Your May 1 article, "A roiling debate over size of US sub fleet" highlights several interesting points, but it failed to give the submarine community its due with regard to missions and capabilities when it stated "their responsibilities are primarily intelligence, fleet support, and even monitoring the earth's polar ice caps."
For many intelligence missions, attack subs are the perfect tool. Submarines can tap undersea cables, monitor military radio frequencies, send special-operations forces ashore to conduct reconnaissance, and carry out other intelligence missions without adversaries having any idea they are being scrutinized.
There's only one problem: The US has largely stopped building them. Since 1993, the US has built three attack subs. Which is why there's no way to meet the numbers recommended by the chairman of the Joint Chiefs of Staff - 68 by 2015 and 76 by 2025.
Phillip Thompson Arlington, Va. Lexington Institute
I'll keep my Windows, thank you
Your April 28 article "Trust-busting: a two-sided legacy" drew excellent contrasts between the Microsoft case and the Standard Oil and AT&T breakups. I would draw an additional contrast: Microsoft's dominance has not harmed consumers.
I'm one of the 95 percent of computer users who use Windows. I also use Microsoft Word, Excel, and Access. The standardization of these products is one of the major reasons for their popularity. If you know Word, it's easier to learn Excel. I think the products are reasonably priced, and I'm a thoroughly satisfied customer. In my judgment: "No harm, no foul."
I'm sure that Microsoft's competitors would be delighted to see this very successful company split up.
If the attorneys general of the United States and the 19 states that decided to sue Microsoft for antitrust violation want to really protect consumers, then how about taking on the oil and auto industries? For almost a century they've stifled competitive energy forms, raised prices at will, and contributed to horrible pollution of this planet.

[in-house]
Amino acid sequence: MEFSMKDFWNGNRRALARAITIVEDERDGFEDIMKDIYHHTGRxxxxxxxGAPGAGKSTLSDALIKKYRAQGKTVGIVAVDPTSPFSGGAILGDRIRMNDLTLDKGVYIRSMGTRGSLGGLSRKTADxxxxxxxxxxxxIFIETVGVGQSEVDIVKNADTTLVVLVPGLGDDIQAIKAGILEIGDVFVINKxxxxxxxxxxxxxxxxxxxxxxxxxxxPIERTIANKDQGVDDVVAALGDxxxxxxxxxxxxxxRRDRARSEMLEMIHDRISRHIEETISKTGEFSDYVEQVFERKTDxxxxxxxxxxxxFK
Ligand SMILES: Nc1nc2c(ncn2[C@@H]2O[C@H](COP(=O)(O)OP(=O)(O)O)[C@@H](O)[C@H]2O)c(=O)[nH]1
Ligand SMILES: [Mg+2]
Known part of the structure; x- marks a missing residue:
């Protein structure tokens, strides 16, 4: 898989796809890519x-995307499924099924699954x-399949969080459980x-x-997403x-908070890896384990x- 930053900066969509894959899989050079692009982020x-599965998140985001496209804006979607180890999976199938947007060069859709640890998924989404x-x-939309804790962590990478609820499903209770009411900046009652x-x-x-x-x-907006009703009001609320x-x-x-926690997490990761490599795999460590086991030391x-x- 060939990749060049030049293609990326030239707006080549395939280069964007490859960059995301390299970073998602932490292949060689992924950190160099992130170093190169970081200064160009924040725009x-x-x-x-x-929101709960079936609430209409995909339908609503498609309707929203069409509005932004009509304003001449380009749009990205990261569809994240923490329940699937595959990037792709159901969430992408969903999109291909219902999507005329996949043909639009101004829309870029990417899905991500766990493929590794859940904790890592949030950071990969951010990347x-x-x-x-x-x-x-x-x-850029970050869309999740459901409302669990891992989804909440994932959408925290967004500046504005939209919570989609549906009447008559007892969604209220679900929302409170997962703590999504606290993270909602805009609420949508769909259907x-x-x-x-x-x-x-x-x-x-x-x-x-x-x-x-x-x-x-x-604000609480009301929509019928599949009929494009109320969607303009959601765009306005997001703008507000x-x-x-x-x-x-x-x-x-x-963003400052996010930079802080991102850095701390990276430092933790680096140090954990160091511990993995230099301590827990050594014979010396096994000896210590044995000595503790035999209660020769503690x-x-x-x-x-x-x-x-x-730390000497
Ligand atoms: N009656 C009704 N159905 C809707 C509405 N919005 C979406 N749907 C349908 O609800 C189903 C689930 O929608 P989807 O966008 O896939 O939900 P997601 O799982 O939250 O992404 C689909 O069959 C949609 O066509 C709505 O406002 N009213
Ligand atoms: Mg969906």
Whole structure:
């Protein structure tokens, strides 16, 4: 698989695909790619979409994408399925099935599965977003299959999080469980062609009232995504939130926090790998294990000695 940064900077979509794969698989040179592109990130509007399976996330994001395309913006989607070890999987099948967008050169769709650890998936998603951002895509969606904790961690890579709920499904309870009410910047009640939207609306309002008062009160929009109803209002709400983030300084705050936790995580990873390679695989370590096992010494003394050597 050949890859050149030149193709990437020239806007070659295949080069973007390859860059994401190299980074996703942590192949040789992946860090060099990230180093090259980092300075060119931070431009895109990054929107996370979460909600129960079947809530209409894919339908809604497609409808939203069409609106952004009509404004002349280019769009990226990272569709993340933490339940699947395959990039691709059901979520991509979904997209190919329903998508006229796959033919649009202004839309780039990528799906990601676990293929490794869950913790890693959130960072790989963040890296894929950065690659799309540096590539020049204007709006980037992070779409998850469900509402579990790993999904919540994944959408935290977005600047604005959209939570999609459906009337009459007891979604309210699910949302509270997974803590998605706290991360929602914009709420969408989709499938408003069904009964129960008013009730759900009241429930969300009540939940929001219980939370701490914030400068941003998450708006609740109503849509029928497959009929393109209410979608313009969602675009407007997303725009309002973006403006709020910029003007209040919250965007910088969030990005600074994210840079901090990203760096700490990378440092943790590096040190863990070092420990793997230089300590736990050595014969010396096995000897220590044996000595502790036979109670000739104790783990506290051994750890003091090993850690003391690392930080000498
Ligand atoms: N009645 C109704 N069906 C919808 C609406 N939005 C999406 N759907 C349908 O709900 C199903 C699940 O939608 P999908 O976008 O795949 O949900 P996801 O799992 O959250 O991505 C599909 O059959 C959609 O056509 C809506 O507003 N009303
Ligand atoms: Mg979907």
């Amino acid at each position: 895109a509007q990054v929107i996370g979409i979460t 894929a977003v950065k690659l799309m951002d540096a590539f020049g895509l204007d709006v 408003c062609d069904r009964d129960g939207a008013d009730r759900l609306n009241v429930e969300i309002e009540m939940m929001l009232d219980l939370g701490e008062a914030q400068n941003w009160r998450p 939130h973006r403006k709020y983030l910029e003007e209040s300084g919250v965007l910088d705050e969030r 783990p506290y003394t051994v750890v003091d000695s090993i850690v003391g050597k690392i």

Robert Bliss Lake Forest, Calif.
Your article "Trust-busting: a two-sided legacy" implies that the US Justice Department's efforts to fragment Microsoft might not be fruitful because the fragments will again coalesce. It is incredible that the Justice Department didn't require an action that is simple and obvious: That all future release of application software such as Explorer, Word, and Excel be available for the Linux operating system, as well as Windows.
Microsoft would be required to send beta versions of new releases for approval to the Justice Department. The release would be delayed if there was evidence that the Linux compatibility was not achieved. In this manner, Microsoft could reorganize its company in any manner it pleased. But the monopoly power of Windows would have been broken. It is noted that there are some 20 million copies of Linux running throughout the world. This missive was written using the Apple Macintosh OS system -a feeble effort to thwart the monopolistic thrust of Microsoft.
Philip Baumeister Sebastopol, Calif.
Protecting the unborn
Regarding your April 25 article "Justices weigh abortion limits": I hope the Supreme Court justices will see fit to uphold states' rights to ban partial-birth abortions. The 30 states opposing them are morally and compassionately superior to Roe v. Wade. May the justices uphold these 30 states' rights, thereby insuring a higher virtue and recognition of life in its most innocent expression.
Paula Caracristi Sacramento, Calif.
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